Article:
The natural or legal person, public authority, agency or other body which processes personal data on behalf of the controller. For example, if our organisation were to outsource the processing of our payroll to an external organisation, that organisation would be the processor. Of course, if our organisation is to process payrolls on behalf of other controllers, we would also be a processor – and, therefore, both controller and processor
What is a Data Protection Policy?
A Policy is internal to an organisation and demonstrates management’s intent with regards to compliance with legislation such as the GDPR
What is a Privacy Notice?
A Privacy Notice draws special attention to the manner in which our organisation is complying with the GDPR. It is usually displayed at points where we collect personal data and informs data subjects as to their rights
Data Subject’s access to his or her Personal Data
Data subjects have the right to enquire whether an organisation holds their personal data and also to request the records or descriptions of those records. They have the right to challenge and even stop the processing of their personal data. They may request that their personal data be changed – e.g. where a name, surname or contact details change. When a data subject makes a request for access, the data subject’s identity must be confirmed before you may continue with the response. Our data protection management system, has a special section to assist with data subject access requests. If you recognise a request for information you need to alert your manager.
What is ‘limited personal use’?
Often the line between personal use and organisation use of systems becomes blurred. Our systems are primarily and exclusively for organisation use. Where we allow limited personal use of our organisation’s IT systems you must be aware of the following:
- DO NOT make personal use, of an unreasonable amount, of our organisation’s network or other technology resources (e.g. to stream audio or video, download or store large files, or large amounts of printing)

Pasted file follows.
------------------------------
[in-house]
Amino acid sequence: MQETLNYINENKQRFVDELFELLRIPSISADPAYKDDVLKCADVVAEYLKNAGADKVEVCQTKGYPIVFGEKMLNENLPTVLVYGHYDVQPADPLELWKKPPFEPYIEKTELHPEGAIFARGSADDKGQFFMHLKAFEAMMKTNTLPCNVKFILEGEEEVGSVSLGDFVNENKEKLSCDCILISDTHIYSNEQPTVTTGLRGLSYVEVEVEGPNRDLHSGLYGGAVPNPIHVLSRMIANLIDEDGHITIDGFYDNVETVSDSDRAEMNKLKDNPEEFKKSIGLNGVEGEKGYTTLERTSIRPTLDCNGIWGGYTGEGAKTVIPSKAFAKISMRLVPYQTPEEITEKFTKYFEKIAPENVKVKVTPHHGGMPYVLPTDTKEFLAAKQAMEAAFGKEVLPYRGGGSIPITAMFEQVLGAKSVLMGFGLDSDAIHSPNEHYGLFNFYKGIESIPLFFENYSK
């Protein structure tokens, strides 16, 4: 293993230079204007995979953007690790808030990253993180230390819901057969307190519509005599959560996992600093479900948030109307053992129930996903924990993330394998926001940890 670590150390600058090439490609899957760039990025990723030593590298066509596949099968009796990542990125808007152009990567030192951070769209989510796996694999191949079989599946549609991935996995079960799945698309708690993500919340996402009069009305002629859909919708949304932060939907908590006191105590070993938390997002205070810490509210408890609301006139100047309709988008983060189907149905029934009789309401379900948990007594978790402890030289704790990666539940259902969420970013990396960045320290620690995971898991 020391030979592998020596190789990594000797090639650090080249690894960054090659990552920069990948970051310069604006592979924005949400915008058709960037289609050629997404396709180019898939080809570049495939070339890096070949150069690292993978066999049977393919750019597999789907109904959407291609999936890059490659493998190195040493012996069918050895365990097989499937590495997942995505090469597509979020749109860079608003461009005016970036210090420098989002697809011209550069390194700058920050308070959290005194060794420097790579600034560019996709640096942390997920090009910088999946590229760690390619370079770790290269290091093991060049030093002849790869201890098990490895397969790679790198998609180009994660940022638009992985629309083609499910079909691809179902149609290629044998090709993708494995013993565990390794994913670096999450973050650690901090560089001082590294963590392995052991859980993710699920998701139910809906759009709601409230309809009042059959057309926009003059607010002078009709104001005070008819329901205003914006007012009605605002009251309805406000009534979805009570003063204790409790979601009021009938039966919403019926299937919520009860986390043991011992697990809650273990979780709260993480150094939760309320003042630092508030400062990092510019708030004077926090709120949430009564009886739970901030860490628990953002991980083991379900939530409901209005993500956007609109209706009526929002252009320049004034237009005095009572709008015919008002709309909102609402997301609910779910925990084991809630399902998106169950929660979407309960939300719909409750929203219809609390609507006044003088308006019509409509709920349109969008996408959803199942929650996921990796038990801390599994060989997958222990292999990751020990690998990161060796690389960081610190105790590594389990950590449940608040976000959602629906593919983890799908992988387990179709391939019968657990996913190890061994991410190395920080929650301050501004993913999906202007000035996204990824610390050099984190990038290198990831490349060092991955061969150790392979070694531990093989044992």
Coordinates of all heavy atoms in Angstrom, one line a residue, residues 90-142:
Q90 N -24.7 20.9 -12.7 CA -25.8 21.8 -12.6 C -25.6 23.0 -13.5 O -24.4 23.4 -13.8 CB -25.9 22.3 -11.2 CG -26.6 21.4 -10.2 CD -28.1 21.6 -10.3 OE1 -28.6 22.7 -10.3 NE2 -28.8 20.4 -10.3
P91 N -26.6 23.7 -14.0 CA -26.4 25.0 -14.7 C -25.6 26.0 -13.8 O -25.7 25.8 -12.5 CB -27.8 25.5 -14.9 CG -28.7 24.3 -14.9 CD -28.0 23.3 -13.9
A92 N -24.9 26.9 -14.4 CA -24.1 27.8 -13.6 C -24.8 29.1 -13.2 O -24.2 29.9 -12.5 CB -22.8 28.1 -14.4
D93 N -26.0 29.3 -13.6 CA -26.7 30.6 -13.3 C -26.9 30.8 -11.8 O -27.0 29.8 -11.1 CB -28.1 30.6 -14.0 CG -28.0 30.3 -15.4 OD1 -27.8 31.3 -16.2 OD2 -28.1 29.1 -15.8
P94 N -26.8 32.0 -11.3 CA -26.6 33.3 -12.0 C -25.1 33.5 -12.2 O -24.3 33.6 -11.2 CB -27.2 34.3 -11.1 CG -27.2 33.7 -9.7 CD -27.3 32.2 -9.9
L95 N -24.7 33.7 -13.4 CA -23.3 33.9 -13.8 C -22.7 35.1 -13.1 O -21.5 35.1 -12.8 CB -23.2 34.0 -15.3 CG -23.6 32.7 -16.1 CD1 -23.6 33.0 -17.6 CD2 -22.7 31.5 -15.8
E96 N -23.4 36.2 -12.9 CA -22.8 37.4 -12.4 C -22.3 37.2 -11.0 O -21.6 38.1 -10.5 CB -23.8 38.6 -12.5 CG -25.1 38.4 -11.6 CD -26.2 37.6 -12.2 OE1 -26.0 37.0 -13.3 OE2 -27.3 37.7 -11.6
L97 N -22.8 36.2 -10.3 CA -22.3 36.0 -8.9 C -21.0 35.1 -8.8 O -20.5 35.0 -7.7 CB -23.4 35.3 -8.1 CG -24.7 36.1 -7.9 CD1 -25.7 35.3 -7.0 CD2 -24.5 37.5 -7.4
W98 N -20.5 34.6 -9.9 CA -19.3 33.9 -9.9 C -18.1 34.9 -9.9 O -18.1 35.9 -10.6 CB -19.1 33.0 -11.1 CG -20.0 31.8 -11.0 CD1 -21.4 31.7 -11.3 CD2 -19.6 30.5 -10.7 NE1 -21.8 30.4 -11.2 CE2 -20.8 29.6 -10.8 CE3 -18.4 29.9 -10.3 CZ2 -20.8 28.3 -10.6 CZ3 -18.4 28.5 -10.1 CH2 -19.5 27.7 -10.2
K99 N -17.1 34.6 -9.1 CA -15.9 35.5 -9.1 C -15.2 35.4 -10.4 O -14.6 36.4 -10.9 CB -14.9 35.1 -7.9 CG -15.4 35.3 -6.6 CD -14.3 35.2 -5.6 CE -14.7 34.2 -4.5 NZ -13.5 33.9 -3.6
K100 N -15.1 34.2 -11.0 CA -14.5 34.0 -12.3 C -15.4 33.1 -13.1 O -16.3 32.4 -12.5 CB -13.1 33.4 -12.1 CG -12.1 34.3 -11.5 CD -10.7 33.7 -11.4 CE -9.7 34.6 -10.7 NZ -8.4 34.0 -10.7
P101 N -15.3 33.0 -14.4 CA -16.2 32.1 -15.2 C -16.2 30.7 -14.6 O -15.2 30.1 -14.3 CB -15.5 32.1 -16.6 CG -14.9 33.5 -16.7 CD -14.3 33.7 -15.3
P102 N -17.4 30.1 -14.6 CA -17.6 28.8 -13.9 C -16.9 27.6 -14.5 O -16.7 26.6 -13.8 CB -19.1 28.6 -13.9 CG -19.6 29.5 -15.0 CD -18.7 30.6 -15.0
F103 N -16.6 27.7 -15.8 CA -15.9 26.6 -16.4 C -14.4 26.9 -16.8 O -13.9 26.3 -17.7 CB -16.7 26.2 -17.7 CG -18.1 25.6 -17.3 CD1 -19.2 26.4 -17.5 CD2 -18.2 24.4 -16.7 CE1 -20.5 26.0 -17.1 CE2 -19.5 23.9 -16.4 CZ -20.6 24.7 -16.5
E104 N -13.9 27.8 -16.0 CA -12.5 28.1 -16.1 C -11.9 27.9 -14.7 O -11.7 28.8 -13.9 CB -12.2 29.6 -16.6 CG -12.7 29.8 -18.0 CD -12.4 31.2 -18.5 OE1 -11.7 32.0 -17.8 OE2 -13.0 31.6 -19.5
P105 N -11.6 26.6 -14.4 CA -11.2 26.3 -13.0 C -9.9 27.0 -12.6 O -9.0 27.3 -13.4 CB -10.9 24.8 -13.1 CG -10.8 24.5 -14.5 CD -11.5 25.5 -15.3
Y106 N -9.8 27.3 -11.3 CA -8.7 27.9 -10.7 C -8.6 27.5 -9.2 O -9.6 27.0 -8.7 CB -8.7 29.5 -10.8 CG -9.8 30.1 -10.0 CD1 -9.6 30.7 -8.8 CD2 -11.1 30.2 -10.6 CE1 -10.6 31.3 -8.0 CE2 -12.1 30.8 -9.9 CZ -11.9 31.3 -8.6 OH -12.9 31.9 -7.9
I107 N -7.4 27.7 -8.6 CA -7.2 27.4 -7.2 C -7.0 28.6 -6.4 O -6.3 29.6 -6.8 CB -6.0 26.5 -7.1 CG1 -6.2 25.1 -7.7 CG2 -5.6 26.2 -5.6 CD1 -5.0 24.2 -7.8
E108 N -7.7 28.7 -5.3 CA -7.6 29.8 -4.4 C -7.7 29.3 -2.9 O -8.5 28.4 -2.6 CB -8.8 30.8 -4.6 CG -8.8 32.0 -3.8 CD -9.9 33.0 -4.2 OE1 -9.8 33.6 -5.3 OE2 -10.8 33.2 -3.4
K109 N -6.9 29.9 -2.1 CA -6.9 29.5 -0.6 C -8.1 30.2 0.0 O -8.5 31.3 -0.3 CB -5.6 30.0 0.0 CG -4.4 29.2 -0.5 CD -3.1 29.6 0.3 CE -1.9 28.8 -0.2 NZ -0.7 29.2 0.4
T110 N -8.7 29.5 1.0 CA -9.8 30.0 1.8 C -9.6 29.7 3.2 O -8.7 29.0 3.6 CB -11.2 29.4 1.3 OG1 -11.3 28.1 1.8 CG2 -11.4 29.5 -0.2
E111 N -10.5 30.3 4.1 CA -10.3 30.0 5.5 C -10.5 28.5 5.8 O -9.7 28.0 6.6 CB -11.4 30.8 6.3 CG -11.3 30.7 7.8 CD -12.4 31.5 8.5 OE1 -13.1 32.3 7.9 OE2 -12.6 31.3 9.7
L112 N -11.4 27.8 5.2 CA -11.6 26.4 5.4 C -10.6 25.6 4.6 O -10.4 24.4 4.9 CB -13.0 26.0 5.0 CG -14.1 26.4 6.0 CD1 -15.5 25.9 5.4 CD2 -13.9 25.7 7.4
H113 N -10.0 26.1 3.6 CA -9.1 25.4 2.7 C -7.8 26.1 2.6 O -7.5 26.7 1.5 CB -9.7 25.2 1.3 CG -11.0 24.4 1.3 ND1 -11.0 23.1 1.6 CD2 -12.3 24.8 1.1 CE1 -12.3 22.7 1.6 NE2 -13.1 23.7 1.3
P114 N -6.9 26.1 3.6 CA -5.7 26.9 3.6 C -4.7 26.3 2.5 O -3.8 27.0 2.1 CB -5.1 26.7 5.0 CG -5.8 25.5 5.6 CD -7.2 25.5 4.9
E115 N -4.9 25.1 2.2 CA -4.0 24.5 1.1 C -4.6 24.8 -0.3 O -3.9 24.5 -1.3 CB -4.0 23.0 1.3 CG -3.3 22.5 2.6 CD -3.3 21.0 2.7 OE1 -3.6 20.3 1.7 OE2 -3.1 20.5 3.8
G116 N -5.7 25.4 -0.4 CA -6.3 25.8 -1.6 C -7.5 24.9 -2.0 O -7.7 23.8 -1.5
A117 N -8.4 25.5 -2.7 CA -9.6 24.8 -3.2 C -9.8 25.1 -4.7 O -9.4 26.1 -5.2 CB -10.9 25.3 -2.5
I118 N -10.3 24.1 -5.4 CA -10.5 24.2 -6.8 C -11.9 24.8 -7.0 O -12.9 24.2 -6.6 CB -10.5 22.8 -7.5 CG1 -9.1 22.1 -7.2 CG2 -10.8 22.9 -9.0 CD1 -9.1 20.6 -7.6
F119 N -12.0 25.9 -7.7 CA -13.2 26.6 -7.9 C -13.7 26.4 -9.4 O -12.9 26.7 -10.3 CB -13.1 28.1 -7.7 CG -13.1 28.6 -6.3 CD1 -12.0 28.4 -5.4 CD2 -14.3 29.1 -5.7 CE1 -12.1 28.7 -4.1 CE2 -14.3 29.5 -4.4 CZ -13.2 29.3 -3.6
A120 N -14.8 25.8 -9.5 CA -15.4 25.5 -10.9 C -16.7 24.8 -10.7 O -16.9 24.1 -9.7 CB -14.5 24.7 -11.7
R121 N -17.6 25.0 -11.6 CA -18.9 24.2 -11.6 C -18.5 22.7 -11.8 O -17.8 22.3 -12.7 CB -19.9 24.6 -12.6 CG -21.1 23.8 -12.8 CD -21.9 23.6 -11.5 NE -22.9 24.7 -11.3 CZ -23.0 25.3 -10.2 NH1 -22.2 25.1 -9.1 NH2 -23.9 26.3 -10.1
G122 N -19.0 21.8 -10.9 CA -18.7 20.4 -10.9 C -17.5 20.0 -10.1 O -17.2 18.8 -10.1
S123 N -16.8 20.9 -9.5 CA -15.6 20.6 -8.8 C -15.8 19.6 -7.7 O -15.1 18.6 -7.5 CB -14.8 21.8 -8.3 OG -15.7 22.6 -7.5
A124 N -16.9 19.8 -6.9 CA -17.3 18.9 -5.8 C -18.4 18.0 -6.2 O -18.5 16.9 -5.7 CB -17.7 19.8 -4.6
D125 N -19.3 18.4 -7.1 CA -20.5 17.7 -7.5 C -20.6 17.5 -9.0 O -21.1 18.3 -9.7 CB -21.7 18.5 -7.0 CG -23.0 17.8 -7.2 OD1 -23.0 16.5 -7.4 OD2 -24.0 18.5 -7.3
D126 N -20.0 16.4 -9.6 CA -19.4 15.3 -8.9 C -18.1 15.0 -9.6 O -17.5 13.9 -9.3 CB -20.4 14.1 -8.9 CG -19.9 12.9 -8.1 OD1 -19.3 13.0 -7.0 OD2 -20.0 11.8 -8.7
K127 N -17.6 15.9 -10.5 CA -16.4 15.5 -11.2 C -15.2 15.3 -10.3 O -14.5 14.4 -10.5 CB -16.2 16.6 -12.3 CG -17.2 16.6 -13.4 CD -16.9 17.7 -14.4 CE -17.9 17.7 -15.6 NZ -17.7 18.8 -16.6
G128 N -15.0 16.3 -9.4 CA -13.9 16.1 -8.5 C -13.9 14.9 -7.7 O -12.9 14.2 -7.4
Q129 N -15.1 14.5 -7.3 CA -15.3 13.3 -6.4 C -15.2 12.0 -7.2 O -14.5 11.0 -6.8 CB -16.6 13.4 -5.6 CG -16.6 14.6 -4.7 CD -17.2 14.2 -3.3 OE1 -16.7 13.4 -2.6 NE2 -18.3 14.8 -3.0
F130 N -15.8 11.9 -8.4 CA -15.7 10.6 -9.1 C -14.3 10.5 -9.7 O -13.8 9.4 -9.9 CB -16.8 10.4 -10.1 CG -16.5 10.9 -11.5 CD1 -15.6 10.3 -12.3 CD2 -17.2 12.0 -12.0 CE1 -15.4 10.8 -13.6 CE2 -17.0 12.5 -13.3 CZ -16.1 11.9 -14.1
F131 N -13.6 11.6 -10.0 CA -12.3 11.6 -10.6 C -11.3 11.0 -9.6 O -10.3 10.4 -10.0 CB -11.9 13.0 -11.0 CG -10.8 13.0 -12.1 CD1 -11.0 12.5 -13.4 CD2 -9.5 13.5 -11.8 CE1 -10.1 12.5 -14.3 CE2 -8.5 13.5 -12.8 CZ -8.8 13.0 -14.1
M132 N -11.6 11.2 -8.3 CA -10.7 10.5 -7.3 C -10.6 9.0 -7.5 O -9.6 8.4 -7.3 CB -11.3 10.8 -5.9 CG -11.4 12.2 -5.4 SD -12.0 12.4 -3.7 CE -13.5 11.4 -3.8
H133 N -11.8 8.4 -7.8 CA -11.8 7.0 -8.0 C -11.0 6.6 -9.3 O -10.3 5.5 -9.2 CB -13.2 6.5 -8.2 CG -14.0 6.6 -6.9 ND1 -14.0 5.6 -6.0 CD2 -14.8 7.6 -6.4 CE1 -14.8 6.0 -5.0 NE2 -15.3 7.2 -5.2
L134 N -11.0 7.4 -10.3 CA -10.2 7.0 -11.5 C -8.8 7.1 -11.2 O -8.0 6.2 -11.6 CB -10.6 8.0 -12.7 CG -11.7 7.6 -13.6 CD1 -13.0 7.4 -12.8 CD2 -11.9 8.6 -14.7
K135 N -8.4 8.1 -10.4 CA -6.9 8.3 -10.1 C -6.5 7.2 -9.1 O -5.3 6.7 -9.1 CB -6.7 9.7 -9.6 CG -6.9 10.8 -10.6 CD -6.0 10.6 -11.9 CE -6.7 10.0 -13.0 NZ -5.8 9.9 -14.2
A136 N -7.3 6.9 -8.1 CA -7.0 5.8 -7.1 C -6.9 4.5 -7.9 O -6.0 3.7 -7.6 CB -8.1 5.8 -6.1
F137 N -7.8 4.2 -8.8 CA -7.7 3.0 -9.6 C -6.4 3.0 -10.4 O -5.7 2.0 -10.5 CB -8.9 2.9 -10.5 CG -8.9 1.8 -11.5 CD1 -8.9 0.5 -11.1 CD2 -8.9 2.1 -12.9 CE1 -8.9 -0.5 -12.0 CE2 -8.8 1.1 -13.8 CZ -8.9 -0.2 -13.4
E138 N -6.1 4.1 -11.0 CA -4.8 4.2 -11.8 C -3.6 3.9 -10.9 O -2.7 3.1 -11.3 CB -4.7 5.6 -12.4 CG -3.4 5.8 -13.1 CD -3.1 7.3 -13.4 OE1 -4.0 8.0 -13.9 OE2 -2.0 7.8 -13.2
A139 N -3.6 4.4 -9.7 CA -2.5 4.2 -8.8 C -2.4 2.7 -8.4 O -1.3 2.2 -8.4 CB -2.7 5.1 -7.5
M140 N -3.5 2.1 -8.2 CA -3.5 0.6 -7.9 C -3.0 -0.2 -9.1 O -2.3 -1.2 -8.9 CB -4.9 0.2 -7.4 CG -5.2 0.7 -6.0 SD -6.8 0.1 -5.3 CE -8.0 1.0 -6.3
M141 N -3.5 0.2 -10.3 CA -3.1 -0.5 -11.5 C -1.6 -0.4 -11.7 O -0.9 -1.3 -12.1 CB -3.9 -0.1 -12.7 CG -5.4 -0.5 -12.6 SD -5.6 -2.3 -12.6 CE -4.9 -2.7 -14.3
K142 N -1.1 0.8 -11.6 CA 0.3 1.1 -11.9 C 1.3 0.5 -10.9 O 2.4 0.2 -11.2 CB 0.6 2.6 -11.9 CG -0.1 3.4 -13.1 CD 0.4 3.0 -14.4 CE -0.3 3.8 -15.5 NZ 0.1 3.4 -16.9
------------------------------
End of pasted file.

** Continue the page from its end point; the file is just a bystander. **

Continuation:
- DO NOT allow personal use to interfere with your productivity or the productivity of others who are doing organisation work
- DO NOT violate copyright, data protection laws, or licensing arrangements (e.g. file sharing of content protected by copyright, such as movies and music)
- DO NOT use our organisation’s IT systems and services to run or support a private organisation
- DO NOT use our organisation’s IT systems and services to distribute SPAM, personal solicitations or unsolicited advertising
- DO NOT assume that our organisation has an obligation to store or recover your personal content saved on organisation IT systems, if lost
- DO NOT break local laws, cause harm or offense to others or negatively impact the organisation’s reputation or interests
How do I play my part in protecting Personal Data?
Understand and respect the rights of data subjects
Be aware that some information within our organisation is classified as ‘Confidential’ and must be treated accordingly
All personal data in our organisation is classified as ‘Confidential’
Understand what we mean by the ‘Acceptable Use’ of our digital systems
Use strong passwords and keep them to yourself
Understand how to recognise suspicious emails and links
Think twice before clicking on any suspicious links
Keep your workstation clear, especially with regards to sensitive information
Practice discretion when you are outside and discussing our organisation
Keep our IT equipment safe, especially when you are outside the organisation premises
Be aware of the limitations we set with regards internet access and usage
Understand what we mean by ‘limited use’ of our organisation’s systems for personal reasons
If you know your rights as a data subject, it will be much easier for you to apply this knowledge in the execution of your own job